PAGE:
Don't be a lemming if the group engages in unwise riding behaviors.
Ride NO CLOSER than a two-second delay (one-thousand-one, one-thousand-two) behind the bike directly in front of you, or a one-second delay behind the bike diagonally in front of you. Groups accustomed to riding together often get sloppy about this, but tailgating can lead to deadly bike pileups. Err on the side of riding a little "loose" to give those in front of you plenty of room to maneuver in an emergency. Always loosen up on corners to allow riders in front of you to choose the best cornering line for their bike, which often means using the full width of the lane.
Look for bad road surface, crumbling shoulder, narrow lanes, etc, and signal for single file if the travel lane appears unsafe or uncomfortable. Traditionally this has been a judgment call left to Road Captains, but in our club each individual rider shall have the authority to make that call.
Road Captains practice slow take-offs, hand signals, working with a Tail Gunner to change lanes smoothly, no abrupt moves, and always "riding for the group". Tail Gunners keeping other vehicles from tailgating the group, warning the riders ahead when a vehicle appears to be drifting into their lane, helping with lane changes by securing the desired lane upon the Road Captain's signal, etc. Various members will end up in those positions when large formations are broken into smaller groups.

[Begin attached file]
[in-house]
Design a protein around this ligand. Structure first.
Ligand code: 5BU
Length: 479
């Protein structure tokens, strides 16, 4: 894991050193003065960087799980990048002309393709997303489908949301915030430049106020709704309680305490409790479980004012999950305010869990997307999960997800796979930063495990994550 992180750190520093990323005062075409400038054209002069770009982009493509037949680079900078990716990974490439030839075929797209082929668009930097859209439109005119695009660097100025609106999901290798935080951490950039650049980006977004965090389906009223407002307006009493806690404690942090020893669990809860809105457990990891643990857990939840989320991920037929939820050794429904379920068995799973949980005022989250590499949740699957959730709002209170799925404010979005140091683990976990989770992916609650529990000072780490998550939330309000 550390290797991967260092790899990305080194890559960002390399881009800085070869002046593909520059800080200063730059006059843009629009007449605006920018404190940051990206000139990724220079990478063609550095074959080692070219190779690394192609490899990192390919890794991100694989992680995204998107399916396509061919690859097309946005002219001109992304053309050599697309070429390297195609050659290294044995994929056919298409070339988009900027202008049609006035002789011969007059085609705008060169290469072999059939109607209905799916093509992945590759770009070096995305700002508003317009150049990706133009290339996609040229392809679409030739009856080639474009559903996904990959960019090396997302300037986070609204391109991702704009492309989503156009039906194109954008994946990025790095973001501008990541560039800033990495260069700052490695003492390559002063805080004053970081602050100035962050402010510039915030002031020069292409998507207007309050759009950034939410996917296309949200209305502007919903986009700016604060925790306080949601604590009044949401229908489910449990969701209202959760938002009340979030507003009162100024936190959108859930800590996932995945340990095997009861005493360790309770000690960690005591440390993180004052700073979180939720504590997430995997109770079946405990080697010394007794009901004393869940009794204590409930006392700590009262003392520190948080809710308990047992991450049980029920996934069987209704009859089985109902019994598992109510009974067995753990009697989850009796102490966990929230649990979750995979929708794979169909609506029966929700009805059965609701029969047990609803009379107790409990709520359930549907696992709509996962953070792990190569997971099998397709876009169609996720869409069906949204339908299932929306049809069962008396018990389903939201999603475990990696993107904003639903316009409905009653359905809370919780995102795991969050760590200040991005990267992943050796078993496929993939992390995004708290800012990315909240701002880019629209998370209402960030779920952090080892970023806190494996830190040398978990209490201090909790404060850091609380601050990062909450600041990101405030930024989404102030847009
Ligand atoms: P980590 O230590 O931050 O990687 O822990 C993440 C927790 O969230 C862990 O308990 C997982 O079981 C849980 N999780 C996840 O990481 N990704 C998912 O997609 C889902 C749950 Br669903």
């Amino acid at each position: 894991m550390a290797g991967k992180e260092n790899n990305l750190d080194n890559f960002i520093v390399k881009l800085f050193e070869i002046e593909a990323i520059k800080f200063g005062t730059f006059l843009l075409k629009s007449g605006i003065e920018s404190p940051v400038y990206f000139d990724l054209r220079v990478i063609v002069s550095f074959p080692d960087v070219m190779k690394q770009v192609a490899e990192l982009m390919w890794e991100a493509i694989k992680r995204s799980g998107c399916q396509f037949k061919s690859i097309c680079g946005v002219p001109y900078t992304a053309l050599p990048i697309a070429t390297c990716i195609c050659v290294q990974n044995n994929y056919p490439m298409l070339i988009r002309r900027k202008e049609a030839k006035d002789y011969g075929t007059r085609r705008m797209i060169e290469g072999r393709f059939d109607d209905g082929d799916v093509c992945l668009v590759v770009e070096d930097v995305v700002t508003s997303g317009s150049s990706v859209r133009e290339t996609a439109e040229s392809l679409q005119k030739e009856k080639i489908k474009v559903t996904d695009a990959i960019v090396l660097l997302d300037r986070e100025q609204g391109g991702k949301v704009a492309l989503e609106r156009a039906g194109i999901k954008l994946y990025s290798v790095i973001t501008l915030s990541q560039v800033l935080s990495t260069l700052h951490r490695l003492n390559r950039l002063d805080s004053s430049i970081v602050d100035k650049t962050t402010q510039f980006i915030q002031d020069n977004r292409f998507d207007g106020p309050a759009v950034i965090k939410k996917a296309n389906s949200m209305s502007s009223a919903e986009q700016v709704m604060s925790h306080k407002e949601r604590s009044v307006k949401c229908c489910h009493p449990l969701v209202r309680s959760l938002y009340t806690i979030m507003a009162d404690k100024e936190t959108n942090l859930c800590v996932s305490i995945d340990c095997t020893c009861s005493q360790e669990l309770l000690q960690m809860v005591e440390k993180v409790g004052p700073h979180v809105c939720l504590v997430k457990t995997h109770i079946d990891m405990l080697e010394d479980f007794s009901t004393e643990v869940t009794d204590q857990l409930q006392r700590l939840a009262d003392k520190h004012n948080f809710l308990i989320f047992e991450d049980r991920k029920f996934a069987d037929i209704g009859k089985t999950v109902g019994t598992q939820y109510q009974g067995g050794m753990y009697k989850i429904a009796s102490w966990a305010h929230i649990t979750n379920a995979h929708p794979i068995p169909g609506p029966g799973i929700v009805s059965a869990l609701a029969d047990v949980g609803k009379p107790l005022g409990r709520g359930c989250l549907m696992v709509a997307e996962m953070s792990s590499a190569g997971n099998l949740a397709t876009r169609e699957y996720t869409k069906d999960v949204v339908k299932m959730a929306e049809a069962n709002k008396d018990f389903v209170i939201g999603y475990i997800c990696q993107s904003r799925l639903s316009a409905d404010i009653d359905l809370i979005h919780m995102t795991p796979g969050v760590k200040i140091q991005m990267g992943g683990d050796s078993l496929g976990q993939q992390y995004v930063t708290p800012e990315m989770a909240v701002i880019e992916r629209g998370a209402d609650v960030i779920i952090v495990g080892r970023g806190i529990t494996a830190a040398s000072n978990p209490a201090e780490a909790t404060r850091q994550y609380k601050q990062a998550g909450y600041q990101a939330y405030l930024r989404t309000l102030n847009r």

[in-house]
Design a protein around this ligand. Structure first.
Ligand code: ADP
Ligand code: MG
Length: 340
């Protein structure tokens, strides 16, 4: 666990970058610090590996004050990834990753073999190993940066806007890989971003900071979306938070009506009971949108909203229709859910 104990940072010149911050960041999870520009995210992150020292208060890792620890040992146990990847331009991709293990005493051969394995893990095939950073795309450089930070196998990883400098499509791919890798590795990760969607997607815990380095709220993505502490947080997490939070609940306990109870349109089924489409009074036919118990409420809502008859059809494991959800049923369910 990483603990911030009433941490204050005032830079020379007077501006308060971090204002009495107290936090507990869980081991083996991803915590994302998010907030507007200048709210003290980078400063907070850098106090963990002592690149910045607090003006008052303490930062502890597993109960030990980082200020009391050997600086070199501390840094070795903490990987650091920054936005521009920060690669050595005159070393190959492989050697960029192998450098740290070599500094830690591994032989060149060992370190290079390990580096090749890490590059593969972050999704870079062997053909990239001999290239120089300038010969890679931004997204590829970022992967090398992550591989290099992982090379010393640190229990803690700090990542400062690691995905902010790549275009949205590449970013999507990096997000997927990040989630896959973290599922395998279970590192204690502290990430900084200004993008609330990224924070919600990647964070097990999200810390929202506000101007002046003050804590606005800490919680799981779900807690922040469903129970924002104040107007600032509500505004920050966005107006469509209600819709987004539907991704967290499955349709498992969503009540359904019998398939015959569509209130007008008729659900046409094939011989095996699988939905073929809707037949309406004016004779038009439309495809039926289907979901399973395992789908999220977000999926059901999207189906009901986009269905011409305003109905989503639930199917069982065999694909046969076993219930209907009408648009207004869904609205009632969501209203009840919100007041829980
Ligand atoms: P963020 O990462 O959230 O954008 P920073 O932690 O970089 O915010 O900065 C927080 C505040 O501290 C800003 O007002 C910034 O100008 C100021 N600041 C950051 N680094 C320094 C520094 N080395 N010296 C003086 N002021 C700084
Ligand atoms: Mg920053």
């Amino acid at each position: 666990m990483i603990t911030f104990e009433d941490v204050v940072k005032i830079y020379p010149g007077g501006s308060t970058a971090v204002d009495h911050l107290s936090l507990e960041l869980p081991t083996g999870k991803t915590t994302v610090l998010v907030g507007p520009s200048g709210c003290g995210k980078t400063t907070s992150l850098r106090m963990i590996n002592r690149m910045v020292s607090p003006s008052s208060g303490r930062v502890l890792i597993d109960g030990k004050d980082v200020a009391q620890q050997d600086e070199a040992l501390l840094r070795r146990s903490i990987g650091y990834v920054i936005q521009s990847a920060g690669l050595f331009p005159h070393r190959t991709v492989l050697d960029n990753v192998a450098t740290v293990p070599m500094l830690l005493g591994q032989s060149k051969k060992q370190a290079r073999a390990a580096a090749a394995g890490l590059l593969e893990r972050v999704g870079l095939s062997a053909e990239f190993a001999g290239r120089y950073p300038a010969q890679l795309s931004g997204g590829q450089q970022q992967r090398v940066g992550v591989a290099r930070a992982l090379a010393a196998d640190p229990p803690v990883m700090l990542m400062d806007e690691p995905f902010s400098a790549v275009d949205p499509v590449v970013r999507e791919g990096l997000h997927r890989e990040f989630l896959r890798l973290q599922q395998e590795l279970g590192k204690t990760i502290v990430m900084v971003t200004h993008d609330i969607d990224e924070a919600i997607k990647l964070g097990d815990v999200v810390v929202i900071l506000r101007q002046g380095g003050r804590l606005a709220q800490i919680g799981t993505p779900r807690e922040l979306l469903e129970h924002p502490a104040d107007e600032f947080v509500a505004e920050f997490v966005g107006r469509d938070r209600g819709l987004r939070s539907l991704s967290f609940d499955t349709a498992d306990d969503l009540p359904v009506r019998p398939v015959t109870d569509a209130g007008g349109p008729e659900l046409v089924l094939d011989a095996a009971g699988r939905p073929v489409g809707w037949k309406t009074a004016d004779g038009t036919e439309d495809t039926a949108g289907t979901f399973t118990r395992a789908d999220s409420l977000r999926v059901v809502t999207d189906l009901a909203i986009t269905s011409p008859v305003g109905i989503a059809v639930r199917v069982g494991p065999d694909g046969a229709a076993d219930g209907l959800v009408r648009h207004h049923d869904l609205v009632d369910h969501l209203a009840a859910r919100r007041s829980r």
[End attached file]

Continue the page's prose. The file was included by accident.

Bikes traveling in formation are most safely grouped in fours or sixes, preferably with a visible gap--an extra second or two--between each smaller group. This enables safer movement through traffic by providing natural breaking points where cars can merge, and also makes lane changes more manageable since they can be done incrementally.
If the formation gets interrupted by traffic, red lights, etc., the group in front should slow down if possible, but not pull over unless it's an emergency. The group in front should continue at 5 or 10 mph UNDER the speed limit, while the group(s) in back continue 5 or 10 mph OVER the speed limit. This will usually result in a gradual, orderly rejoining of the whole formation. Once the formation is complete, the road captain can accelerate to normal speed and continue on. If the front group reaches a major turn-off before the back group(s) rejoin, he/she can signal and pull over in a safe place to make sure the back group(s) don't miss the turn.
In a twelve bike formation, the road captain would thus signal his/her intention to change lanes, then wait till the last bike in his/her group--for example bike #6--moves out into the new lane, thus securing that lane. Then bikes #1 - #5 can safely move in front of bike #6. This is repeated independently with the second group, with the main objective being to safely shift all bikes into the new lane, regardless of any cars which may come in between the groups. As long as the groups are within sight of each other, no heroics by way of excessive speeds and/or more lane changes are necessary.
It's irritating to the group to have to stop 50 miles after everyone else has filled up to let one rider get gas. In other words, synchronize your fillups when team riding. Always start rides with a full tank.
Making a phone call, check out an interesting shop, take a picture, etc, can cause confusion. If you do pull over for personal reasons, wave the group on, then rejoin the formation at the next stop or at the final destination. Don't expect the whole group to stop and wait for you.
It doesn't always work out as planned, but that's life!